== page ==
I will give you a real world scenario. Imagine a hotel property. It costs 25 million in upfront capital and loans to build and open. When this hotel generates a profit of say 1 million dollars that profit is taxed at the corporate rate of 35%. Then an investor recieve their share of the after tax profits of say $650,000. You example has the government now taking 35% of that 650K leaving the investors with $422,000 to split up.

    In this scenario the government has taken approximately 60% of the total profits and kindly left the investors to scrap over approximately 40%. Here is the problem. If we look back at that investment and simply took the 25 Million and invested it in insured tax free munis at say 4% interest the investor would net $800,000 with no risk. That hotel would never be built, its employees would not be employed and the government would lose out on the 35% + 15% of the profit they currently take.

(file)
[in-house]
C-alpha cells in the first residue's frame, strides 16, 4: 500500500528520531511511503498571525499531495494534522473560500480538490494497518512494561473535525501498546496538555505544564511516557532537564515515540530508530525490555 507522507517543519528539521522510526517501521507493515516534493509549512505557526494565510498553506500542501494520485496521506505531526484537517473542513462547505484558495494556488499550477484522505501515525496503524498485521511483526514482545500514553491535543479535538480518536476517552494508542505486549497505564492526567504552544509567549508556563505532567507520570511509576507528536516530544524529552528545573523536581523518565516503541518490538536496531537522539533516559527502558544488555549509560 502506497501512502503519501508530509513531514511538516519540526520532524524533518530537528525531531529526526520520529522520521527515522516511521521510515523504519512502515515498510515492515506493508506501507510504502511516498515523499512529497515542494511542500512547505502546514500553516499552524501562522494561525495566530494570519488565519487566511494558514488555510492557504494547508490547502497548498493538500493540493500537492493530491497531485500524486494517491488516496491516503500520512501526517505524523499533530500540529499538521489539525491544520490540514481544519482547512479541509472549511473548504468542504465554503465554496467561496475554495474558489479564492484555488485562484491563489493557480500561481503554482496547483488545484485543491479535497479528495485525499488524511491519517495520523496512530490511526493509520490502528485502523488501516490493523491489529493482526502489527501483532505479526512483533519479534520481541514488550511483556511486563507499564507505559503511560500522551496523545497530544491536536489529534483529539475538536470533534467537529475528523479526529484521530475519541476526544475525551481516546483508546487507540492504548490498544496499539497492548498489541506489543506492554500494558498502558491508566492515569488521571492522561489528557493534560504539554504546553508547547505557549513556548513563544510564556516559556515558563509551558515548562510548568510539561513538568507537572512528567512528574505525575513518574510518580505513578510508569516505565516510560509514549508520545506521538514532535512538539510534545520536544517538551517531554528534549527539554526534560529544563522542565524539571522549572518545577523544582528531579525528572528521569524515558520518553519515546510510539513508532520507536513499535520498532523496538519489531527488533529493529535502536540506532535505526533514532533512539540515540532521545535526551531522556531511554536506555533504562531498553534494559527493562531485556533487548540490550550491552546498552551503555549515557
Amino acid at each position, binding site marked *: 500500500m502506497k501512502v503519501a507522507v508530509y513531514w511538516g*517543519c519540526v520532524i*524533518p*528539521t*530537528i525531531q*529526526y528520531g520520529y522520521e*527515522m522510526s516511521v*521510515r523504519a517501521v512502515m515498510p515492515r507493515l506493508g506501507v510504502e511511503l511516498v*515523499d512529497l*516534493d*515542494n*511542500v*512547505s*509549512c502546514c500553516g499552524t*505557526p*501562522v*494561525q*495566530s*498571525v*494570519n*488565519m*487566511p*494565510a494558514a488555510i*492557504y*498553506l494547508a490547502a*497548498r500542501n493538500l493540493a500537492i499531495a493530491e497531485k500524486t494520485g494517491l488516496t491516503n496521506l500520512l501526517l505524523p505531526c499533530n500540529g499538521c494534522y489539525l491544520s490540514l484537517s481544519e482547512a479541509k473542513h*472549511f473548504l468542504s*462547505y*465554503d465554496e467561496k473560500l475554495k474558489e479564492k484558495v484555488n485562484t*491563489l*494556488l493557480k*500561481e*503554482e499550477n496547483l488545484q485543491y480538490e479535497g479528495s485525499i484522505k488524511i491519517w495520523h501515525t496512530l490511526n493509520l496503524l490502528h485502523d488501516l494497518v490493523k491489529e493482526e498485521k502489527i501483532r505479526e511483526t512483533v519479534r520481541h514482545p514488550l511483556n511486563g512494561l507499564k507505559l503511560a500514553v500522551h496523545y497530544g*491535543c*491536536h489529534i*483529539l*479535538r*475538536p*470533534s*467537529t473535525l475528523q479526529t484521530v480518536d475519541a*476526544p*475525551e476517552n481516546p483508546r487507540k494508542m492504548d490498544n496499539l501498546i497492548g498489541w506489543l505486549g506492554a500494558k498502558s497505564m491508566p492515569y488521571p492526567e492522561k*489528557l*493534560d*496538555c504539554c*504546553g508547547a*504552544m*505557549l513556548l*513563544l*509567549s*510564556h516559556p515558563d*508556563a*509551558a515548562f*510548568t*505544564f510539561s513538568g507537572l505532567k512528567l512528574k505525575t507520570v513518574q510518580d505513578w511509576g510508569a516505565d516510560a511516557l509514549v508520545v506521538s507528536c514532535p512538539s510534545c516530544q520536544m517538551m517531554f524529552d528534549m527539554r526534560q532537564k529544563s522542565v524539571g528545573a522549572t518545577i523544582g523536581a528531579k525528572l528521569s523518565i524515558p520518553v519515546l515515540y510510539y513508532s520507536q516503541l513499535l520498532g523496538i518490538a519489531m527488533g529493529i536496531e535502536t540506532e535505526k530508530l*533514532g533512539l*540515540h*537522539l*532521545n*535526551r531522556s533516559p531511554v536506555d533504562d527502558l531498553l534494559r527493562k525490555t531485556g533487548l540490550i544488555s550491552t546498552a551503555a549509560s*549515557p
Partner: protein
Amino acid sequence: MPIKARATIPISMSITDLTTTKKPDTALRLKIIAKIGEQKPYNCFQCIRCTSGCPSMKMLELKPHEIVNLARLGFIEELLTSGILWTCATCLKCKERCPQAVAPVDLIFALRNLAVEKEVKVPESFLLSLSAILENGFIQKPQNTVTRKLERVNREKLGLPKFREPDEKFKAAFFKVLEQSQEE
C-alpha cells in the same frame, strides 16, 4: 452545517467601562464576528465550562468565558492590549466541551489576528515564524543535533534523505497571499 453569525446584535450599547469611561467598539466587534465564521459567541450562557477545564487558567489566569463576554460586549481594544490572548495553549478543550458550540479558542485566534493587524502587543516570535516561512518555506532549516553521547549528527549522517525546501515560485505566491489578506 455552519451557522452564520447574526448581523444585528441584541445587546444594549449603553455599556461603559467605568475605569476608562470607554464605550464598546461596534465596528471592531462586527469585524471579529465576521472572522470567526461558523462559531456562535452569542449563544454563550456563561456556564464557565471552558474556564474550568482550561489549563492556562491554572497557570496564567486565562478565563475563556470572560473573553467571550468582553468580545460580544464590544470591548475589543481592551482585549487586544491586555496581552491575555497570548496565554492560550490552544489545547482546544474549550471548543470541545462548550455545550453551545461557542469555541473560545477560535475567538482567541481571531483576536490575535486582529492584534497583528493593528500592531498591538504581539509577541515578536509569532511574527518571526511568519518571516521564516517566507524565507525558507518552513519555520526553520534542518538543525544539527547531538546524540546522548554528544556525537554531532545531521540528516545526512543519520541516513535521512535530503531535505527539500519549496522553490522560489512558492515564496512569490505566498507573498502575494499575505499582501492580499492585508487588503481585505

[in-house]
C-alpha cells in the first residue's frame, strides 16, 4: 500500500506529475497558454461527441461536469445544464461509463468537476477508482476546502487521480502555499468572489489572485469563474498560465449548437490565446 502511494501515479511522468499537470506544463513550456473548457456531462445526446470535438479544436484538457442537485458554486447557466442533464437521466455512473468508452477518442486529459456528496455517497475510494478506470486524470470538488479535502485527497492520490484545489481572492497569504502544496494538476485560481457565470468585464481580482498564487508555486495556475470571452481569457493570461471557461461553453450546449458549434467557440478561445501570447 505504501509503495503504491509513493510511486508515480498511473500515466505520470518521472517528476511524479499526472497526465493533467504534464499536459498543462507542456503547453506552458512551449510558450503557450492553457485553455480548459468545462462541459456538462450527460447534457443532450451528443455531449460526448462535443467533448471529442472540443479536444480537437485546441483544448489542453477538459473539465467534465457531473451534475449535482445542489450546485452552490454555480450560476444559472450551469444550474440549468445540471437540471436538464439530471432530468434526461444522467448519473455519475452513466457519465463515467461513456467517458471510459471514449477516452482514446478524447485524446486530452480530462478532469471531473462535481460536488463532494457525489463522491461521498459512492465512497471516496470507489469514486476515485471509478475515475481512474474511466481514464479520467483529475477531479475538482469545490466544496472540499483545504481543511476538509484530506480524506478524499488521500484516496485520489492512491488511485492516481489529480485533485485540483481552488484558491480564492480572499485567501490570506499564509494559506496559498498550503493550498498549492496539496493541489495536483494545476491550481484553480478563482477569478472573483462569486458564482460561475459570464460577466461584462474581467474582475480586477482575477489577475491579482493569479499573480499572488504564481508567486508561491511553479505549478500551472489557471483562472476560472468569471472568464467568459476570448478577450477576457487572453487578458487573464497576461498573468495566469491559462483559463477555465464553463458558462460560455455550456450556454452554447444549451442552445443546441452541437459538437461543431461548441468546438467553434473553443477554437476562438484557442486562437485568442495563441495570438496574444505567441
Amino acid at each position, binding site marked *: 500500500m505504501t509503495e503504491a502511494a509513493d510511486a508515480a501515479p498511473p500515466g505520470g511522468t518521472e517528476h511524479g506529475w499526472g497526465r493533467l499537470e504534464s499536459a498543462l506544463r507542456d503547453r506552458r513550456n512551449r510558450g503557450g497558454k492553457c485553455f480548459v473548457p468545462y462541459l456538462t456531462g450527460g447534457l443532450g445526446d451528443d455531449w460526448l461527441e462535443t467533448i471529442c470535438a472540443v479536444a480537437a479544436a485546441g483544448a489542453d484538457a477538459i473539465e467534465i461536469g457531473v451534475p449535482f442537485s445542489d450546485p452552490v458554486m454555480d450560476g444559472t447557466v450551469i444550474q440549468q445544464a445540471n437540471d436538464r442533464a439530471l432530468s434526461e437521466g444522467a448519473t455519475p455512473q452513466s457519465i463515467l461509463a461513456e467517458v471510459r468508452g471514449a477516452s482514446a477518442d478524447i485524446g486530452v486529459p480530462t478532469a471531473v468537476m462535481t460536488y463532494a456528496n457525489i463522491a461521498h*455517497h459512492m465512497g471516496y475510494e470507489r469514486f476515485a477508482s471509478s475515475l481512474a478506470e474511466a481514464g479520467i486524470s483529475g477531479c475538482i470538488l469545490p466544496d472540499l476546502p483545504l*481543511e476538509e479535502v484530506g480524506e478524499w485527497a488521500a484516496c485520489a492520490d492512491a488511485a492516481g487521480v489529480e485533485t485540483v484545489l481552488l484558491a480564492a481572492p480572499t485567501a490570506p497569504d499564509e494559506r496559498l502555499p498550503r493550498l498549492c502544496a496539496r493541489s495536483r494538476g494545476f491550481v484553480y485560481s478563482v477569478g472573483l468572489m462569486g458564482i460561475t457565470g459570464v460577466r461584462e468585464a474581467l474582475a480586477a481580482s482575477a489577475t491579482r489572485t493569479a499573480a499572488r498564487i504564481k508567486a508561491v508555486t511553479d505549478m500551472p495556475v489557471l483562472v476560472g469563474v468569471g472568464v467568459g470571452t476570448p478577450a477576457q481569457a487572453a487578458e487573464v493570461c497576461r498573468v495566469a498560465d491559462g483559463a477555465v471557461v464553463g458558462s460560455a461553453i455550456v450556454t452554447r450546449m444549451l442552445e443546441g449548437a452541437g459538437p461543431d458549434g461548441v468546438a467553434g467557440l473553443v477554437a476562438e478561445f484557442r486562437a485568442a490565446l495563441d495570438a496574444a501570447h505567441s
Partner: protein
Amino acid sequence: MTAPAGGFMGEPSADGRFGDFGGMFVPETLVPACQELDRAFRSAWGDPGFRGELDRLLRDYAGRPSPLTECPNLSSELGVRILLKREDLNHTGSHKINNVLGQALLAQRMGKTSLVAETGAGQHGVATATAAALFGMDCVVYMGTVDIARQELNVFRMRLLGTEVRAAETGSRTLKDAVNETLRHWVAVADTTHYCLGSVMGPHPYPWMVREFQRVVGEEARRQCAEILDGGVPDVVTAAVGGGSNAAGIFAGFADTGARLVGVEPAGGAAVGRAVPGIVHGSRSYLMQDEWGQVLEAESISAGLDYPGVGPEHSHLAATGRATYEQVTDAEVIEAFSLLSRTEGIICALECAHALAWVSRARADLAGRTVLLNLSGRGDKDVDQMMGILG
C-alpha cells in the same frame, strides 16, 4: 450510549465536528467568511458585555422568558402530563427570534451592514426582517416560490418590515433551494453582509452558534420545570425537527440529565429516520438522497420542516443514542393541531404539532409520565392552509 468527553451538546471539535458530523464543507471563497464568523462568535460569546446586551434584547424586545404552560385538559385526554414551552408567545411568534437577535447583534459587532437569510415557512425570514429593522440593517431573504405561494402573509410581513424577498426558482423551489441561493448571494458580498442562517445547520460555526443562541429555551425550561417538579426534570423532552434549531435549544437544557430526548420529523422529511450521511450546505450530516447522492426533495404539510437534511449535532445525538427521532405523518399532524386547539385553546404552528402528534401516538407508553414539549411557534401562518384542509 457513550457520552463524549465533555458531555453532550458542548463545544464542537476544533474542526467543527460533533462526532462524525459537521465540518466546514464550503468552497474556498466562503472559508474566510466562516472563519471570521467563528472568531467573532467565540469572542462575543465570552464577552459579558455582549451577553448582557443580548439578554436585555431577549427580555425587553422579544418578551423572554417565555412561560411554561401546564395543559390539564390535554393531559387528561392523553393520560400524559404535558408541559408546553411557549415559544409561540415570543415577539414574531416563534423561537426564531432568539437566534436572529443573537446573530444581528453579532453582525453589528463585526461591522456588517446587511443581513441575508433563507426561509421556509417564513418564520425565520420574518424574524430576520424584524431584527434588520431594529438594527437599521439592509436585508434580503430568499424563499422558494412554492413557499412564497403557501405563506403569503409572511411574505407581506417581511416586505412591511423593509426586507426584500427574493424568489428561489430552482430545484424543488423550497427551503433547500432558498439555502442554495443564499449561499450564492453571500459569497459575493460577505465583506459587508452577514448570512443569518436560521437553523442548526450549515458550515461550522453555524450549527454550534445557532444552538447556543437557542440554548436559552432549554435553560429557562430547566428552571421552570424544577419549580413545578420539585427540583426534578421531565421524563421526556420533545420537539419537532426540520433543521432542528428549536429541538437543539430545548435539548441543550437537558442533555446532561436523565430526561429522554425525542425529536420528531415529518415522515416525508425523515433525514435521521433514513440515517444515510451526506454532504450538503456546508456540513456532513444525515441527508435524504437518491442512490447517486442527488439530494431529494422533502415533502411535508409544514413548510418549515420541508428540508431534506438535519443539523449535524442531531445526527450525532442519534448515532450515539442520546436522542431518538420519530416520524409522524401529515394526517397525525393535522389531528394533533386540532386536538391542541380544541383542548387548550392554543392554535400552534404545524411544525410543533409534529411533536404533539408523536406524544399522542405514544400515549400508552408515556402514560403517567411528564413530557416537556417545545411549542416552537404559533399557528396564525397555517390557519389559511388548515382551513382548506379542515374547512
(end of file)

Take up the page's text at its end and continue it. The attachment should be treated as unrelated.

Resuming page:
Except in your own scenario, the money IS invested, in Municipal Bonds, is thus spent by the municiapallity in question, thus employing other workers, building public infrastruture or other public assets, and having the same effect economicly, with a potentially more universally valuble end result.

    So anther borderline profitable Hotel doesn't get build. But a Hospital or Road or Railway or Park does.

    And in the real world, the Hotel still gets built, because the vast majority of Hotels are chain operations of the huge Hotel Industry, and their build not based on your small investment, but on profitabillity of location and ongoing operations, as it should be.

    The fact you bought ten shares of Marriott did not make that Hotel happen. The fact that you'd pay 35% instead of 15% on your dividend would not stop that hotel from happening either.